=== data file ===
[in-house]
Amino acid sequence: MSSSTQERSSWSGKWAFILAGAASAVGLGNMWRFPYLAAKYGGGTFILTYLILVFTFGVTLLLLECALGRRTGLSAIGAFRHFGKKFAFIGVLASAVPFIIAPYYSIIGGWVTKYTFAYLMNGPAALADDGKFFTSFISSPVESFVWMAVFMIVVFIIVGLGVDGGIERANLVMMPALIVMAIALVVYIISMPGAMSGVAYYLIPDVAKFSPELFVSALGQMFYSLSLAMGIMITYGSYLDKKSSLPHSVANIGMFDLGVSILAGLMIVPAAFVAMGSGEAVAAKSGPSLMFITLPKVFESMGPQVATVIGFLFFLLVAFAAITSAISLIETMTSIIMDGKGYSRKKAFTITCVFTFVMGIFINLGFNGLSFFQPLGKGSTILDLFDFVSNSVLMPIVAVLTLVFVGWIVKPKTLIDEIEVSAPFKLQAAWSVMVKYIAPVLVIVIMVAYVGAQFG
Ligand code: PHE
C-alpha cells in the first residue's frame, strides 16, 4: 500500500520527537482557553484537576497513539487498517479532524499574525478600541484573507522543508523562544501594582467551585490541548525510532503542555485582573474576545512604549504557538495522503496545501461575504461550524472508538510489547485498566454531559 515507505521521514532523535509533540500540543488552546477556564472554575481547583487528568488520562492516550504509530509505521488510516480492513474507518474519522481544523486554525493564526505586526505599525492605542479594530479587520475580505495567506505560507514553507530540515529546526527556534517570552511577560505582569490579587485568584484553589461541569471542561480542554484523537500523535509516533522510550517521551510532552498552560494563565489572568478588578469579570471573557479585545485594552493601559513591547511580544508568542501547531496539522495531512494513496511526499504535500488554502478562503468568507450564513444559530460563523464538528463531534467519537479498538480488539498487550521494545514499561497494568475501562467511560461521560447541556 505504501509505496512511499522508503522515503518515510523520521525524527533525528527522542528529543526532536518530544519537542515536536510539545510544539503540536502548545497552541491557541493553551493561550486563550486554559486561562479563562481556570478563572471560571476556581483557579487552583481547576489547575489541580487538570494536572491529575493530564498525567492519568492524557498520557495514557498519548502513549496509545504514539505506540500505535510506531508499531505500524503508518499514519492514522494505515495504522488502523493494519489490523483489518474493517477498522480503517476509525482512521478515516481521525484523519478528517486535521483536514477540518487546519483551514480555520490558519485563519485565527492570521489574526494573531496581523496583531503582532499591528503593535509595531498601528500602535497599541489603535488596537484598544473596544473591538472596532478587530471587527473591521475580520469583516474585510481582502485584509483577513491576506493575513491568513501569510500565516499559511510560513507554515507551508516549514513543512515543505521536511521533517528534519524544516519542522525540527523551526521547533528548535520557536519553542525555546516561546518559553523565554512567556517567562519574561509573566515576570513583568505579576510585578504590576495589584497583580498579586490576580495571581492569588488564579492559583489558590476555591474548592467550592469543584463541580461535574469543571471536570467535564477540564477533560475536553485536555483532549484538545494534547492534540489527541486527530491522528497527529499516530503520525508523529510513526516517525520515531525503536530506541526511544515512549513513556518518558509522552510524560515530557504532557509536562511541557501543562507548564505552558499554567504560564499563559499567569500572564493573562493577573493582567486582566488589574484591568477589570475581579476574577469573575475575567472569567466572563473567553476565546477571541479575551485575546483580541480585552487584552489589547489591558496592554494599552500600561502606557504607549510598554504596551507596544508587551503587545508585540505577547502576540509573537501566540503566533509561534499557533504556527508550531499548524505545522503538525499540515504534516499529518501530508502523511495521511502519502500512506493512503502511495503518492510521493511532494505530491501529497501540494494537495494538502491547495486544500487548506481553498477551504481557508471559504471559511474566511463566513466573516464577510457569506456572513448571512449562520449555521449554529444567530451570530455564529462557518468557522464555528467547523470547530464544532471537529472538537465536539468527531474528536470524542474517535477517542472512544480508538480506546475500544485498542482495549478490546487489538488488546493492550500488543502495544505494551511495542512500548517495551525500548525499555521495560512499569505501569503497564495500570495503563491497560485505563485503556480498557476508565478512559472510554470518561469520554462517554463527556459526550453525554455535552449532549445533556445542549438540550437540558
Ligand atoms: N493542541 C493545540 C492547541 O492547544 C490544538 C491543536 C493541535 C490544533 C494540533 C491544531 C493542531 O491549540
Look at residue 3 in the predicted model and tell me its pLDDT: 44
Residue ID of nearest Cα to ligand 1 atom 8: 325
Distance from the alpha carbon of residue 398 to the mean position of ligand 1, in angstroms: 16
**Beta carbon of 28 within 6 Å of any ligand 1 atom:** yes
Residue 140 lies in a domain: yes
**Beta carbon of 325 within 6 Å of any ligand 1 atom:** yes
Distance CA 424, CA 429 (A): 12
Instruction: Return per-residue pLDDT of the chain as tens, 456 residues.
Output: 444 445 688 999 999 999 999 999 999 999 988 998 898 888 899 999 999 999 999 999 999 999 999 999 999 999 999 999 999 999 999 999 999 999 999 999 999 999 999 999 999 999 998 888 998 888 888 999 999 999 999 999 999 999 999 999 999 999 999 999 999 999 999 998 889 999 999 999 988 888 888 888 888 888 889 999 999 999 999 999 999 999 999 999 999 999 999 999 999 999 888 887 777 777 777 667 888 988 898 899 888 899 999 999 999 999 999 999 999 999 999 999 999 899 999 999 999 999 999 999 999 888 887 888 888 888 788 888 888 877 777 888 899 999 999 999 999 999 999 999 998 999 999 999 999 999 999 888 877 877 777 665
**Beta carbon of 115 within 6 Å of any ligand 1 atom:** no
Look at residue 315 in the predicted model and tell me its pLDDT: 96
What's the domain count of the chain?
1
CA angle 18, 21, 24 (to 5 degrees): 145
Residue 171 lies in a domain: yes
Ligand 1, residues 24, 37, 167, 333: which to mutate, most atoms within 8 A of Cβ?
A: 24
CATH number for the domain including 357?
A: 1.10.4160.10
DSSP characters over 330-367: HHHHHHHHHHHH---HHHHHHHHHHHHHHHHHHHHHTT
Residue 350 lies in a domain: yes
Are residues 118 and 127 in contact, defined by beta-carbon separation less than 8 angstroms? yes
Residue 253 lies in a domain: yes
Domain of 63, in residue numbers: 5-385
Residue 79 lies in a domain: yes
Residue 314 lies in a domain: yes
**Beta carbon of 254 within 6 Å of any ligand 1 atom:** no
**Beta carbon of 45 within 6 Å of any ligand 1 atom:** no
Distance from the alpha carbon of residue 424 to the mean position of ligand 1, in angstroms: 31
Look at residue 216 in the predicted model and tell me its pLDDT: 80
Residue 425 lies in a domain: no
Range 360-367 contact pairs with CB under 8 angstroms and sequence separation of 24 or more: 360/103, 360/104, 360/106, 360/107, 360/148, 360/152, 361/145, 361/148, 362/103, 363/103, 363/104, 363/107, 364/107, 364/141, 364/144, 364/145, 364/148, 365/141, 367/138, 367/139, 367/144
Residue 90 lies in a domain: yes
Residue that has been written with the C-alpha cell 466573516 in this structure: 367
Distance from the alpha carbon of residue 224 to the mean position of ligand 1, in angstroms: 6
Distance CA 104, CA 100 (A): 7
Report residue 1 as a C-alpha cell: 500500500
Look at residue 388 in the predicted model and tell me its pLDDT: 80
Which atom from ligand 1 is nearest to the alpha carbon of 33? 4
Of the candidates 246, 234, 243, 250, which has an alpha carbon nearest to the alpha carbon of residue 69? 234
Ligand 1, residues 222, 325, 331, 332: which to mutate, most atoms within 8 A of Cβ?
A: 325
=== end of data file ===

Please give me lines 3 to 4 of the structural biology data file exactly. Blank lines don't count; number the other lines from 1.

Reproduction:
Ligand code: PHE
C-alpha cells in the first residue's frame, strides 16, 4: 500500500520527537482557553484537576497513539487498517479532524499574525478600541484573507522543508523562544501594582467551585490541548525510532503542555485582573474576545512604549504557538495522503496545501461575504461550524472508538510489547485498566454531559 515507505521521514532523535509533540500540543488552546477556564472554575481547583487528568488520562492516550504509530509505521488510516480492513474507518474519522481544523486554525493564526505586526505599525492605542479594530479587520475580505495567506505560507514553507530540515529546526527556534517570552511577560505582569490579587485568584484553589461541569471542561480542554484523537500523535509516533522510550517521551510532552498552560494563565489572568478588578469579570471573557479585545485594552493601559513591547511580544508568542501547531496539522495531512494513496511526499504535500488554502478562503468568507450564513444559530460563523464538528463531534467519537479498538480488539498487550521494545514499561497494568475501562467511560461521560447541556 505504501509505496512511499522508503522515503518515510523520521525524527533525528527522542528529543526532536518530544519537542515536536510539545510544539503540536502548545497552541491557541493553551493561550486563550486554559486561562479563562481556570478563572471560571476556581483557579487552583481547576489547575489541580487538570494536572491529575493530564498525567492519568492524557498520557495514557498519548502513549496509545504514539505506540500505535510506531508499531505500524503508518499514519492514522494505515495504522488502523493494519489490523483489518474493517477498522480503517476509525482512521478515516481521525484523519478528517486535521483536514477540518487546519483551514480555520490558519485563519485565527492570521489574526494573531496581523496583531503582532499591528503593535509595531498601528500602535497599541489603535488596537484598544473596544473591538472596532478587530471587527473591521475580520469583516474585510481582502485584509483577513491576506493575513491568513501569510500565516499559511510560513507554515507551508516549514513543512515543505521536511521533517528534519524544516519542522525540527523551526521547533528548535520557536519553542525555546516561546518559553523565554512567556517567562519574561509573566515576570513583568505579576510585578504590576495589584497583580498579586490576580495571581492569588488564579492559583489558590476555591474548592467550592469543584463541580461535574469543571471536570467535564477540564477533560475536553485536555483532549484538545494534547492534540489527541486527530491522528497527529499516530503520525508523529510513526516517525520515531525503536530506541526511544515512549513513556518518558509522552510524560515530557504532557509536562511541557501543562507548564505552558499554567504560564499563559499567569500572564493573562493577573493582567486582566488589574484591568477589570475581579476574577469573575475575567472569567466572563473567553476565546477571541479575551485575546483580541480585552487584552489589547489591558496592554494599552500600561502606557504607549510598554504596551507596544508587551503587545508585540505577547502576540509573537501566540503566533509561534499557533504556527508550531499548524505545522503538525499540515504534516499529518501530508502523511495521511502519502500512506493512503502511495503518492510521493511532494505530491501529497501540494494537495494538502491547495486544500487548506481553498477551504481557508471559504471559511474566511463566513466573516464577510457569506456572513448571512449562520449555521449554529444567530451570530455564529462557518468557522464555528467547523470547530464544532471537529472538537465536539468527531474528536470524542474517535477517542472512544480508538480506546475500544485498542482495549478490546487489538488488546493492550500488543502495544505494551511495542512500548517495551525500548525499555521495560512499569505501569503497564495500570495503563491497560485505563485503556480498557476508565478512559472510554470518561469520554462517554463527556459526550453525554455535552449532549445533556445542549438540550437540558